‘Til the Storm Passes Over

What a difference a day makes!

Yesterday morning when I woke up I posted a verse from the Psalms:

This is the day the Lord has made, I will rejoice and be glad in it.

Since we could not go to church I was thinking that I could complain about the restrictions right now with the virus, or I could choose to praise God for another day of life.

Looking forward to time with my husband – doing our devotion, playing Scrabble, watching an old movie.

He fixed me breakfast as he always does and I put on a meal in our crock pot – Barbara’s hash – a meal he loves.

A few hours before lunch time he came up from his studio in the basement and complained of a headache and took a Tylenol.  I was concerned because earlier this week he had fallen in the basement and hit his head.  Normally we would have gone to the ER for a checkup, but with the virus scare we were hearing not to go the ER unless it really was an emergency.

We decided to wait and see if he had any symptoms of a concussion – headache, nausea, confusion.  He had not shown any symptoms until Saturday when he complained of a headache.  He took a Tylenol and it went away so he still felt we should not go to the ER.

But yesterday after taking two Tylenol the headache was only getting worse and he began to feel nauseate.  Hurrying to the ER they would not let me go in with him.  Told me to go home and they would call me.

About an hour later the doctor called to tell me my husband’s brain was bleeding.  They were sending him by ambulance down to a larger hospital where they would have a neurosurgeon examine him.  I rushed to the hospital and pleaded with them to let me see him.  Seeing this old woman in tears, they finally gave me a mask, sanitized my hands and let me in to say goodbye before they took him away.  I confess the thought crossed my mind “would this be the last time I would see him?”

An hour later the surgeon called me saying they had to do immediate surgery or he would die.  There was blood in the cavity between his brain and his skull causing terrible pressure.  He was losing his ability to speak.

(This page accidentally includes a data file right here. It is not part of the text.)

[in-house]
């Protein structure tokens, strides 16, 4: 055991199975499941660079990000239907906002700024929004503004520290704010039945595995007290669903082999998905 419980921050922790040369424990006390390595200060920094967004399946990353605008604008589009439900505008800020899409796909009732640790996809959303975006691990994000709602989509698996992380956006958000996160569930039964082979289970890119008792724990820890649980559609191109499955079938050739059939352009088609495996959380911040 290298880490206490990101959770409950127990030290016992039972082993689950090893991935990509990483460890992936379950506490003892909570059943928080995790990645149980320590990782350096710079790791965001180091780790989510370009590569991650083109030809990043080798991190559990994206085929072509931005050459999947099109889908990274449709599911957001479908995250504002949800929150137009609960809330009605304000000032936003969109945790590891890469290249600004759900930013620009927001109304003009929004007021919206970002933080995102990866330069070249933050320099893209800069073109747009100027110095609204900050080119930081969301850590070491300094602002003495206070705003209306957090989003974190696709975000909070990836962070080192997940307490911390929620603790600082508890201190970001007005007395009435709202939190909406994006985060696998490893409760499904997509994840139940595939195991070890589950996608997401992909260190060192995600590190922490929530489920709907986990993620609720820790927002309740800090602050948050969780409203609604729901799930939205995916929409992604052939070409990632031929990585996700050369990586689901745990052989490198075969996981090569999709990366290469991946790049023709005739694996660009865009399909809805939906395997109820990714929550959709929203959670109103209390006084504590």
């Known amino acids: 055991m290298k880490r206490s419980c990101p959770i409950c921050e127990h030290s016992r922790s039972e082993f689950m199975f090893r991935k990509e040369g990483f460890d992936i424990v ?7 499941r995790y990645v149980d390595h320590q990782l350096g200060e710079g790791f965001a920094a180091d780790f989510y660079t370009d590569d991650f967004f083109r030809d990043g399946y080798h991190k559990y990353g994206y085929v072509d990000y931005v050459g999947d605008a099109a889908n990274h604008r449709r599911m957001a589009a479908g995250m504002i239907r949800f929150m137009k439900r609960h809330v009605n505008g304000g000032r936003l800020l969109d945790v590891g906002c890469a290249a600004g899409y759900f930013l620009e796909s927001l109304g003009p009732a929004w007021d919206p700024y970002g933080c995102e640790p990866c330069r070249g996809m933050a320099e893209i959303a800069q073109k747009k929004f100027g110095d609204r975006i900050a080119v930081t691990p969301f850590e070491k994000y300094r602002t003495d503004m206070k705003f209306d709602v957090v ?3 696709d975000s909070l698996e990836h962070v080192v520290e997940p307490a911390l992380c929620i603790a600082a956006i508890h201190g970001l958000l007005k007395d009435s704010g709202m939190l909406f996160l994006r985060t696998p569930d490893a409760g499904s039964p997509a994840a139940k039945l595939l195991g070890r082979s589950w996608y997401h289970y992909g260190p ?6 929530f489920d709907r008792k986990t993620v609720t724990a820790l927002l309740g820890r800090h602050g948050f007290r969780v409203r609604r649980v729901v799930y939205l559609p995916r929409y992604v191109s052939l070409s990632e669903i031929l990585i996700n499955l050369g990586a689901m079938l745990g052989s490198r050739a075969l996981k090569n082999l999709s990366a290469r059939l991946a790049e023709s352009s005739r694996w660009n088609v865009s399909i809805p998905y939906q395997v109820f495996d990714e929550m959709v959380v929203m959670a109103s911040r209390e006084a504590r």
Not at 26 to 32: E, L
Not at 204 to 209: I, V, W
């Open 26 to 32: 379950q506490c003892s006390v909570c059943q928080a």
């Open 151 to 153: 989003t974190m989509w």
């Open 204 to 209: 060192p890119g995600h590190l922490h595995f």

What a difference a day makes!

While I had anticipated watching an old movie with him that evening, instead I waited anxiously for a report from the doctor.  They had said they would call me after the surgery but it was 11 that night before I got a call.

He made it through the surgery and is in CCU now.  All signs are that he is going to live, but until they remove the incubator and cut back on the sedation they have been giving him, we don’t know if any damage has been done.

So – unable to go to sleep, and in such overwhelming sorrow that I cannot be with him in this terrible time, I remembered that verse I posted earlier in the day.

Regardless of what the day has brought, this is still the day God has made.  He was not surprised by the events of today.  He is with my husband.  He is my hope, my anchor.

I could not help but remember when my first husband was killed in an accident.  But I remembered that God was with me then.

I trust Him that he is with my husband and me and I pray for a complete recovery.

I’m amazed and blessed at all the people praying.

Regardless of what the days to come bring me this song I know is true.

 

In Good Times and Bad

Our country is experiencing a crisis most of us never thought possible.  The panic that has caused stores to run out of toilet paper, hand sanitizers and eggs seems a little crazy.  Yet the fear that we will not have enough – that we will get sick – and how will we pay the bills if we can’t work – that is real.

As a retired woman I do not face the difficulties many do.  I do not have to go to work, I do not have to worry about not getting a pay check, I have no worries about child care for my children.  Since it is just my husband and I our food supply should last a long time.

Still – a post I saw on FB this morning did make me laugh – but also make me realize I do need to take precautions.

That moment when you are worried about the elderly….then you realize you are the elderly.

Looking back at our country’s history we can see we have had tough times before.  To name just a few:

  • World I and the Spanish flu
  • World II
  • the depression
  • Polio scare
  • 9/11

We have always pulled together as a nation.  Although we do see some craziness as a few people have been fighting over supplies at Costco and other stores, I have seen so many reaching out to support others.

My own church is putting together food items to pass out this week for those who might need them.  Teachers are working on line setting up places for children at home to continue with their studies.  Medical professionals are putting their own lives at risk to take care of the sick.  Truck drivers and workers stocking grocery store shelves are working hard to keep up with the demand.

Again a post on FB says it all:

And all of a sudden, farmers, truck drivers and those who wear jeans to work are the most important people in the world.